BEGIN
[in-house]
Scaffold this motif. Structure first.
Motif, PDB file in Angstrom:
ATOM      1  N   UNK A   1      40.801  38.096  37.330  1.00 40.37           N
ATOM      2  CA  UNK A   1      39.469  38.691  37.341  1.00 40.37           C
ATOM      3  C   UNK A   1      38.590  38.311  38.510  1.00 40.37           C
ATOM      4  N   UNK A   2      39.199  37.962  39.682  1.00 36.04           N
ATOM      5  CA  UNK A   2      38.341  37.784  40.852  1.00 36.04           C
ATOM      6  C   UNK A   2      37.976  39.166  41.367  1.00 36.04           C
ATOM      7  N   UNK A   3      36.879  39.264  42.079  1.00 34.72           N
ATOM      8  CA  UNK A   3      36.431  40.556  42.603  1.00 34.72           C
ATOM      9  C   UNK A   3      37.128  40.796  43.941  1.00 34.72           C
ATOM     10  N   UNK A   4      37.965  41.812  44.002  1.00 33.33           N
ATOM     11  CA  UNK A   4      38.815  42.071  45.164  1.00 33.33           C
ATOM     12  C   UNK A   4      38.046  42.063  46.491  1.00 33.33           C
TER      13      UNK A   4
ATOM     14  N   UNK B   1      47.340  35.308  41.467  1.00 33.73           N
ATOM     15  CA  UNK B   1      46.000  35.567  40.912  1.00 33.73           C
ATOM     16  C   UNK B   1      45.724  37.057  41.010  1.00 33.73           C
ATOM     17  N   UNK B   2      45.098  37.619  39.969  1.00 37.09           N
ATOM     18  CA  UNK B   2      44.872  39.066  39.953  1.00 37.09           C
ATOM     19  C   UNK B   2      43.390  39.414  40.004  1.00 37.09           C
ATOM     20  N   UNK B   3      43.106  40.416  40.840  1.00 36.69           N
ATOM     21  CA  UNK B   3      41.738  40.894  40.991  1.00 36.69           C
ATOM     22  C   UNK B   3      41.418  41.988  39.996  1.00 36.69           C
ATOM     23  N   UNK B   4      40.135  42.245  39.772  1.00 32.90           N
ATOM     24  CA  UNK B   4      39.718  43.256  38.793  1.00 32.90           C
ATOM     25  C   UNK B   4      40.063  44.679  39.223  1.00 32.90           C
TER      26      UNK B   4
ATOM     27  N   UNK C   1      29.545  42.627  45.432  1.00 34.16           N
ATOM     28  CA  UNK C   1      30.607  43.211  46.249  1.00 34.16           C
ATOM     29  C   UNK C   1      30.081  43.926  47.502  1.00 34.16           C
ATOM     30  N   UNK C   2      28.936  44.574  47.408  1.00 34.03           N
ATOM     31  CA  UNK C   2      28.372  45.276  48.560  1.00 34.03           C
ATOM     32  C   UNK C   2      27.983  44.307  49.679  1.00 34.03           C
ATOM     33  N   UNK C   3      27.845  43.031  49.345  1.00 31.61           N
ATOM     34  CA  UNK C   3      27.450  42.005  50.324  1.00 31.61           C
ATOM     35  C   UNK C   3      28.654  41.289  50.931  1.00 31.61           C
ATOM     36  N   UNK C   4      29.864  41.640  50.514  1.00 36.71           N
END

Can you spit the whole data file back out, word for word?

[in-house]
Scaffold this motif. Structure first.
Motif, PDB file in Angstrom:
ATOM      1  N   UNK A   1      40.801  38.096  37.330  1.00 40.37           N
ATOM      2  CA  UNK A   1      39.469  38.691  37.341  1.00 40.37           C
ATOM      3  C   UNK A   1      38.590  38.311  38.510  1.00 40.37           C
ATOM      4  N   UNK A   2      39.199  37.962  39.682  1.00 36.04           N
ATOM      5  CA  UNK A   2      38.341  37.784  40.852  1.00 36.04           C
ATOM      6  C   UNK A   2      37.976  39.166  41.367  1.00 36.04           C
ATOM      7  N   UNK A   3      36.879  39.264  42.079  1.00 34.72           N
ATOM      8  CA  UNK A   3      36.431  40.556  42.603  1.00 34.72           C
ATOM      9  C   UNK A   3      37.128  40.796  43.941  1.00 34.72           C
ATOM     10  N   UNK A   4      37.965  41.812  44.002  1.00 33.33           N
ATOM     11  CA  UNK A   4      38.815  42.071  45.164  1.00 33.33           C
ATOM     12  C   UNK A   4      38.046  42.063  46.491  1.00 33.33           C
TER      13      UNK A   4
ATOM     14  N   UNK B   1      47.340  35.308  41.467  1.00 33.73           N
ATOM     15  CA  UNK B   1      46.000  35.567  40.912  1.00 33.73           C
ATOM     16  C   UNK B   1      45.724  37.057  41.010  1.00 33.73           C
ATOM     17  N   UNK B   2      45.098  37.619  39.969  1.00 37.09           N
ATOM     18  CA  UNK B   2      44.872  39.066  39.953  1.00 37.09           C
ATOM     19  C   UNK B   2      43.390  39.414  40.004  1.00 37.09           C
ATOM     20  N   UNK B   3      43.106  40.416  40.840  1.00 36.69           N
ATOM     21  CA  UNK B   3      41.738  40.894  40.991  1.00 36.69           C
ATOM     22  C   UNK B   3      41.418  41.988  39.996  1.00 36.69           C
ATOM     23  N   UNK B   4      40.135  42.245  39.772  1.00 32.90           N
ATOM     24  CA  UNK B   4      39.718  43.256  38.793  1.00 32.90           C
ATOM     25  C   UNK B   4      40.063  44.679  39.223  1.00 32.90           C
TER      26      UNK B   4
ATOM     27  N   UNK C   1      29.545  42.627  45.432  1.00 34.16           N
ATOM     28  CA  UNK C   1      30.607  43.211  46.249  1.00 34.16           C
ATOM     29  C   UNK C   1      30.081  43.926  47.502  1.00 34.16           C
ATOM     30  N   UNK C   2      28.936  44.574  47.408  1.00 34.03           N
ATOM     31  CA  UNK C   2      28.372  45.276  48.560  1.00 34.03           C
ATOM     32  C   UNK C   2      27.983  44.307  49.679  1.00 34.03           C
ATOM     33  N   UNK C   3      27.845  43.031  49.345  1.00 31.61           N
ATOM     34  CA  UNK C   3      27.450  42.005  50.324  1.00 31.61           C
ATOM     35  C   UNK C   3      28.654  41.289  50.931  1.00 31.61           C
ATOM     36  N   UNK C   4      29.864  41.640  50.514  1.00 36.71           N